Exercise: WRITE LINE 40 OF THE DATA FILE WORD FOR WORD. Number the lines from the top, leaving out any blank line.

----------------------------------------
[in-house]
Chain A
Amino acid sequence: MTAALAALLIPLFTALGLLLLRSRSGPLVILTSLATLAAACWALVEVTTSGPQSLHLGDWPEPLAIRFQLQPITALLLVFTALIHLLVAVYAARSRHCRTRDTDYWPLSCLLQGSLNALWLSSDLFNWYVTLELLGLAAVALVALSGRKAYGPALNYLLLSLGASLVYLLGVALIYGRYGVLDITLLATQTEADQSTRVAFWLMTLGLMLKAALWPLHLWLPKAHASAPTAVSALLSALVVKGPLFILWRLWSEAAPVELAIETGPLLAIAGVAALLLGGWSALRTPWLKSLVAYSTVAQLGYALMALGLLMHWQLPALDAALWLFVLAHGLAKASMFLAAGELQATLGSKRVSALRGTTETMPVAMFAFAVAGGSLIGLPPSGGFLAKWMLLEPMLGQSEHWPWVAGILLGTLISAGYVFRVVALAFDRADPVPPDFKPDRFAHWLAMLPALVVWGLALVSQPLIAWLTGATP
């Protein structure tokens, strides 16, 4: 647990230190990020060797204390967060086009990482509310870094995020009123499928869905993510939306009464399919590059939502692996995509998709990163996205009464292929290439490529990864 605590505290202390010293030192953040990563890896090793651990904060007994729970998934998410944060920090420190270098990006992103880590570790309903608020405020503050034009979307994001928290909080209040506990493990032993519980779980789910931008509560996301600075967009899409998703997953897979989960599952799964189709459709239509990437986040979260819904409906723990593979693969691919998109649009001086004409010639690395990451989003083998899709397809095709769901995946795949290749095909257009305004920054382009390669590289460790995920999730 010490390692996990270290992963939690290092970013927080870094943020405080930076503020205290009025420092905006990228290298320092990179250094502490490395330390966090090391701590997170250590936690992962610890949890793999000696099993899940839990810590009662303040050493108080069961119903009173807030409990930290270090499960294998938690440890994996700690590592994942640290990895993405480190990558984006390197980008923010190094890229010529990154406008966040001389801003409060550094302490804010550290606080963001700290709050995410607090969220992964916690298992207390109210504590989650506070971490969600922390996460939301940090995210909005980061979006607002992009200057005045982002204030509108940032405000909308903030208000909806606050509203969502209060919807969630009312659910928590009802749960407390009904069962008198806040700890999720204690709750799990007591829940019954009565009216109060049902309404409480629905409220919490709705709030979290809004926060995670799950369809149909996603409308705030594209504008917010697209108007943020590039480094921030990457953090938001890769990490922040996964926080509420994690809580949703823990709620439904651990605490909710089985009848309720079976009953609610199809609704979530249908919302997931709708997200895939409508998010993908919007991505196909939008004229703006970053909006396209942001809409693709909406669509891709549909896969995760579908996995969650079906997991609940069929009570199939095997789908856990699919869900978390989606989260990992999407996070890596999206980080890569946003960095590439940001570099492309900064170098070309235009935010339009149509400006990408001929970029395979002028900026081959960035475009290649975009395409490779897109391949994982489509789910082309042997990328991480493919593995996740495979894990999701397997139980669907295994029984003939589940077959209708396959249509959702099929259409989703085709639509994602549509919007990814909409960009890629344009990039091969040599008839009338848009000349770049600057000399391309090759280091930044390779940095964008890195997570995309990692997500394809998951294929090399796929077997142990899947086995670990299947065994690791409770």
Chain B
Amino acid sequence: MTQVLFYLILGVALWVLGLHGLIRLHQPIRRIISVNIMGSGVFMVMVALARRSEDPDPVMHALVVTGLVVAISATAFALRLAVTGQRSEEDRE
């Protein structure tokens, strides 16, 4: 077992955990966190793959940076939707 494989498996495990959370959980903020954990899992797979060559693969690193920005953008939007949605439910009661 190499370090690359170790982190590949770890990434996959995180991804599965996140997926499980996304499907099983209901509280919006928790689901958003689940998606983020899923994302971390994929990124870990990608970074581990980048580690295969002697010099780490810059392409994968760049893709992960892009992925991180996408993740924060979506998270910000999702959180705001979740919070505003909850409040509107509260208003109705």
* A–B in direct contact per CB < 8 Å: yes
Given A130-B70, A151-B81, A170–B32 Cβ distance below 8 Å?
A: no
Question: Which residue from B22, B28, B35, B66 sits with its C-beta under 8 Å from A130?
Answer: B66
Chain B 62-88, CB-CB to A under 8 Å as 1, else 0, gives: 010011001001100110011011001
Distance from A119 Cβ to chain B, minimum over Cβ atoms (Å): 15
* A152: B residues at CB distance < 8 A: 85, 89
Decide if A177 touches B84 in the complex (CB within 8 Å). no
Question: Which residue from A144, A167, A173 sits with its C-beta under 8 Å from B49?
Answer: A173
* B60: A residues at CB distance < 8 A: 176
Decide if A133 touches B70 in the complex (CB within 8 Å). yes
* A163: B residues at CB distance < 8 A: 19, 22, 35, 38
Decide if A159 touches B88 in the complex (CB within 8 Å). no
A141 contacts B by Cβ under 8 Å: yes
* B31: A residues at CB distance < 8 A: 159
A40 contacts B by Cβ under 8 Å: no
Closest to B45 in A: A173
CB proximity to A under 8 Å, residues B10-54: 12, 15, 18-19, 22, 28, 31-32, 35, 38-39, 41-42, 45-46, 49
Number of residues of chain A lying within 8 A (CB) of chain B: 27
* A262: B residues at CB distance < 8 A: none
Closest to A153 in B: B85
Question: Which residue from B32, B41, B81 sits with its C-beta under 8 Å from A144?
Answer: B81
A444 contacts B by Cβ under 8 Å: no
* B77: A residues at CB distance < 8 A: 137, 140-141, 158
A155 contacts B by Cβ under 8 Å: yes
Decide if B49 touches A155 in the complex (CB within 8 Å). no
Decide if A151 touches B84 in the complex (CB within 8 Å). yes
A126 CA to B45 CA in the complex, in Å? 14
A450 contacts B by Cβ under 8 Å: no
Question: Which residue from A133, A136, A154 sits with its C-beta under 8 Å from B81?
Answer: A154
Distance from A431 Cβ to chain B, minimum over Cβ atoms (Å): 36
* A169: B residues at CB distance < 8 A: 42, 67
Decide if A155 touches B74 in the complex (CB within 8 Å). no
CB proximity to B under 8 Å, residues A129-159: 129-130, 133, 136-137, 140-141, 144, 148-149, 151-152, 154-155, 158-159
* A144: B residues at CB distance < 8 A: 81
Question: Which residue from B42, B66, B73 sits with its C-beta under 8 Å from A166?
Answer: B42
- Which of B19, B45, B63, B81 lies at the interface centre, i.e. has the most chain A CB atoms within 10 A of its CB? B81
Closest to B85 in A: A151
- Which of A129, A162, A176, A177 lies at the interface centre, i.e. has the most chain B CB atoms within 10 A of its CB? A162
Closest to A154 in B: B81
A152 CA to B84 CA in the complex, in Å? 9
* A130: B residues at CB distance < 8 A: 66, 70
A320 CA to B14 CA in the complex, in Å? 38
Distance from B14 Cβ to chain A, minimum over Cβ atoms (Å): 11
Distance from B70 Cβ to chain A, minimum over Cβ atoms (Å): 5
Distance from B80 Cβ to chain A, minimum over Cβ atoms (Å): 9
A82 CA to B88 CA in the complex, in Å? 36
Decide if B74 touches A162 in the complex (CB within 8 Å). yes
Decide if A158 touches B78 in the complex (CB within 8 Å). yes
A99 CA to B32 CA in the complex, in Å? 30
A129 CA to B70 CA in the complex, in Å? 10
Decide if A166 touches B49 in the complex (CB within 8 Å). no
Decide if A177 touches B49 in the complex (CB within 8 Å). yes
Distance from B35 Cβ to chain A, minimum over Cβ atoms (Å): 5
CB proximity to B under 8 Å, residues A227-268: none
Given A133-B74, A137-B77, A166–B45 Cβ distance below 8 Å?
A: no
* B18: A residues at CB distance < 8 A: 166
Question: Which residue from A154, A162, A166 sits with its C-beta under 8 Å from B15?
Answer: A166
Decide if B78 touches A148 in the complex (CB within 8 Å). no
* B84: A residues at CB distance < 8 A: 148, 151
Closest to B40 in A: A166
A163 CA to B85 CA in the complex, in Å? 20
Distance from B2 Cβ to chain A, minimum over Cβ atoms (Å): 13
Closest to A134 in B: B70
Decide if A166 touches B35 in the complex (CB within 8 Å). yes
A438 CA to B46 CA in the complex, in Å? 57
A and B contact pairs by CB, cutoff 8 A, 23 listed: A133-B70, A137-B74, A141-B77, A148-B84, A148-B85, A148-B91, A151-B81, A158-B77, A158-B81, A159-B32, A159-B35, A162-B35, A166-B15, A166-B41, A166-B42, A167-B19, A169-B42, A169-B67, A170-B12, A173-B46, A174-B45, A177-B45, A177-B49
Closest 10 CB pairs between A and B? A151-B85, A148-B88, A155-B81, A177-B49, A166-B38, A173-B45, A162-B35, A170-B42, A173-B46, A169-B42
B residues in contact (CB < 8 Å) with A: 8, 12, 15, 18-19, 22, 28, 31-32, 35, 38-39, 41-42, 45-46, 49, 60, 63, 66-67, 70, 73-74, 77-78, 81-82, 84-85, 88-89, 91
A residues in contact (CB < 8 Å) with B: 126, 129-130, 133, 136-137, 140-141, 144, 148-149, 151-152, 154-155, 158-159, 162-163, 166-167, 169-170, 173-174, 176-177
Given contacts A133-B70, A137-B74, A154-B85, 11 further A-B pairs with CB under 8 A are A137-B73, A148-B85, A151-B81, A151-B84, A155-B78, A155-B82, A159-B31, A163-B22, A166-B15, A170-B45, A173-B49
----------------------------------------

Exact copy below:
Question: Which residue from A133, A136, A154 sits with its C-beta under 8 Å from B81?